3. The Where-did-that-come-from?: You only went out for a pint or two. Then you've gone and ended up throwing some crazy shapes and drinking gin y tonics until 4 in the morning. You said you were tired. Someone mentioned something about 'not letting our timetables get us down!' or 'carpe diem!' and you ended up in a bar being goaded by already not-single male teachers to 'just go and talk to her'. You usually don't. You get home fuzzily and smile at the gem of an evening you just had.
4. The What is happening...seriously?: This can lead on from either of the above variations. You get to a point in the night when, either by the potency of the drinks or the fact that there's just something in the air, the world goes a bit...funny. You start saying hello to pretty girls as you walk past them, you start accepting offers to things or talking to people that you normally wouldn't, and then you start having 'great ideas'. Two weeks ago a few of us ended up in Chueca - the lively gay district - and found ourselves in the slowest queue imaginable. We were five in total: Ray, Niall, Euan, Niall's girlfriend Elena and myself. In this queue a severely drunk Ray bumbled over to a door on a different site. One minute later Euan's hissing at me 'go with Ray'. 'Eh?' I retort. 'Bloody go with Ray!' Our friendly neighbourhood American had been covertly offered two places in a small, surreptitious bar called 'Local'. Galumphing over to it I accidentally stood on a guy's foot.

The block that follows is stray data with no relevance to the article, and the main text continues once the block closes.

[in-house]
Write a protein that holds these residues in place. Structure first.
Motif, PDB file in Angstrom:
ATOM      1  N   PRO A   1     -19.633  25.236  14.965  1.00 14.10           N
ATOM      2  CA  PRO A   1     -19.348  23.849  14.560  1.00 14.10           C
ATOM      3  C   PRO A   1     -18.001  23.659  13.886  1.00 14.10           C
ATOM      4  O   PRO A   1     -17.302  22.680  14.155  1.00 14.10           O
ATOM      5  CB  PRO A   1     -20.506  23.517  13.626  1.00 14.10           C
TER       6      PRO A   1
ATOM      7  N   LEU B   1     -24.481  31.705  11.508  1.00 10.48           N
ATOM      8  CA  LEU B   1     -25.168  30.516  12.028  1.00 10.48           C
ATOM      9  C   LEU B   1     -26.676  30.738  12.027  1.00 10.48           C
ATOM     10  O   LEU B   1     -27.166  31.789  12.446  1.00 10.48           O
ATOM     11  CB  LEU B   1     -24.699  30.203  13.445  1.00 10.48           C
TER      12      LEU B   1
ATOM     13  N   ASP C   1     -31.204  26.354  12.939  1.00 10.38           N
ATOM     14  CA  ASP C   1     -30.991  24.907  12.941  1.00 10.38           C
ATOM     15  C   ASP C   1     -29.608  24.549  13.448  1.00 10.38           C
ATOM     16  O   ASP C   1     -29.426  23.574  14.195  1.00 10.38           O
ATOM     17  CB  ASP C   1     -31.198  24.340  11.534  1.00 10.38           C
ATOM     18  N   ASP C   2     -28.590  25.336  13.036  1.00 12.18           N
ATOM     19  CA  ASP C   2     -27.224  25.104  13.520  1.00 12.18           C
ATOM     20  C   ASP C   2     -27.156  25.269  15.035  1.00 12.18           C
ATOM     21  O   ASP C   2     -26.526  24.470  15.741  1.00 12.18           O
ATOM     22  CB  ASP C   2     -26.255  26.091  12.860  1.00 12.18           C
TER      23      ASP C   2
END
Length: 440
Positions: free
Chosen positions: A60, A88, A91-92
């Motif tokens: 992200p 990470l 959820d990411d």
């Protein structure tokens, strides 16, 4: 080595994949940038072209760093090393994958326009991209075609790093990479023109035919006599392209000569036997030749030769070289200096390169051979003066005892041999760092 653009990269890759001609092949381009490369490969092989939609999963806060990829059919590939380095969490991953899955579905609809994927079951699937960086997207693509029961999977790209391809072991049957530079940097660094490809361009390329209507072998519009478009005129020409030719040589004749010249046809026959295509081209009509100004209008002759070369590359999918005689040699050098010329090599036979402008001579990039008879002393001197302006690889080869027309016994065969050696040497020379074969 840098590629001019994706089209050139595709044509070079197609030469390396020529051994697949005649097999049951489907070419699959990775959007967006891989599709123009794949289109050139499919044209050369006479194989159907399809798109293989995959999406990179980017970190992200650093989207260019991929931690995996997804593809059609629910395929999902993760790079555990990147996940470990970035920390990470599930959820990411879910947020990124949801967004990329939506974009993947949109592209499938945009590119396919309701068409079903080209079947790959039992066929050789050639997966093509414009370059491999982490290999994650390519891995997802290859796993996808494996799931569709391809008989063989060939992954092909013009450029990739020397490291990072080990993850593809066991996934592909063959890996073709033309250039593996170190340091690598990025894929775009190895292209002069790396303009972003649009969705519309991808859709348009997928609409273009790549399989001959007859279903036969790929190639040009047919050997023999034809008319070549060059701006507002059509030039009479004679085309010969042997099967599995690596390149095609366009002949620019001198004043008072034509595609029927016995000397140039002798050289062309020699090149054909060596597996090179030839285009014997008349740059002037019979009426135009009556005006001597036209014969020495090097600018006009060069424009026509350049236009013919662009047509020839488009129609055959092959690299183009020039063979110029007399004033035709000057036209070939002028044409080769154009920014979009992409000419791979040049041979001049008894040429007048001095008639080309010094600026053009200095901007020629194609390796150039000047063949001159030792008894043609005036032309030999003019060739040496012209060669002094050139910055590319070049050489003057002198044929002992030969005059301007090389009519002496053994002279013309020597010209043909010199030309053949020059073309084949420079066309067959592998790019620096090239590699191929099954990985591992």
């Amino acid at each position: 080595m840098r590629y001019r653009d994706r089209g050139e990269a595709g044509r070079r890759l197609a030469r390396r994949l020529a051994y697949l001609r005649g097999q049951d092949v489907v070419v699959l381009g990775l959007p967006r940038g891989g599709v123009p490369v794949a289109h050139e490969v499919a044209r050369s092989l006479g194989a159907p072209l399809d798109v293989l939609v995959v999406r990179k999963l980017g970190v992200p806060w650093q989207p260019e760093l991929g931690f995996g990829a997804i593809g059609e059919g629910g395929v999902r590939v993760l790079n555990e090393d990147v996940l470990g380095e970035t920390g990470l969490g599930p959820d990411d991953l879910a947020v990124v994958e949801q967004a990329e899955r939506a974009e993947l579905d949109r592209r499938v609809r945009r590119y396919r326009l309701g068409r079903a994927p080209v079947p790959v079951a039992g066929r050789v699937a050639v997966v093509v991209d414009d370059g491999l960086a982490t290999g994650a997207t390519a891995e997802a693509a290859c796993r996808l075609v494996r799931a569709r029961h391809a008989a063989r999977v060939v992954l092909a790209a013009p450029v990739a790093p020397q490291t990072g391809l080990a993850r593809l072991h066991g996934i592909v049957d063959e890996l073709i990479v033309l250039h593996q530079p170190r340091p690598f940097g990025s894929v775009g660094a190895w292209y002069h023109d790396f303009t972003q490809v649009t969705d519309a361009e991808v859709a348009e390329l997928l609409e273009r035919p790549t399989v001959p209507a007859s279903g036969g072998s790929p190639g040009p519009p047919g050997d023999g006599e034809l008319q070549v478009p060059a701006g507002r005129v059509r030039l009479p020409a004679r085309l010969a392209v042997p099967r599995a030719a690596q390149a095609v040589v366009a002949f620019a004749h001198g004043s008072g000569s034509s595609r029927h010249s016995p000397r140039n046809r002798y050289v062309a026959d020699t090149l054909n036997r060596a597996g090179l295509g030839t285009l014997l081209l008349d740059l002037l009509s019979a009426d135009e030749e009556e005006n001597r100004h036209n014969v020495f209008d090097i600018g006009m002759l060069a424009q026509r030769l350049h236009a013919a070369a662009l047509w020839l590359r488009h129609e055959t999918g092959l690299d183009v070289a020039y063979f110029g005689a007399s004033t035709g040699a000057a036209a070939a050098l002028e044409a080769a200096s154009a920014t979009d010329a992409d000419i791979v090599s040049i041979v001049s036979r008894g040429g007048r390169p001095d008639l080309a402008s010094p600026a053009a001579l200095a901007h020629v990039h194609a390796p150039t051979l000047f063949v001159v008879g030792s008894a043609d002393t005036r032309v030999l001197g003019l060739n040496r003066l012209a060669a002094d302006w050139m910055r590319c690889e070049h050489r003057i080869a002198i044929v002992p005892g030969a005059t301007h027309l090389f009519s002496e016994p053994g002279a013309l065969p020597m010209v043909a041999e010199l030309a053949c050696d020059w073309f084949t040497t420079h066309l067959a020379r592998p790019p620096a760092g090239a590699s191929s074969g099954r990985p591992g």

Spaniard: 'Hey, you stood on my foot!'
Me: 'Sorry about that, I didn't see it...'
Spaniard:'You're not from Spain'
Me: 'No...no I'm not'
Spaniard:'Are you Italian?'
Spaniard's Friend: 'You idiot, he's clearly English'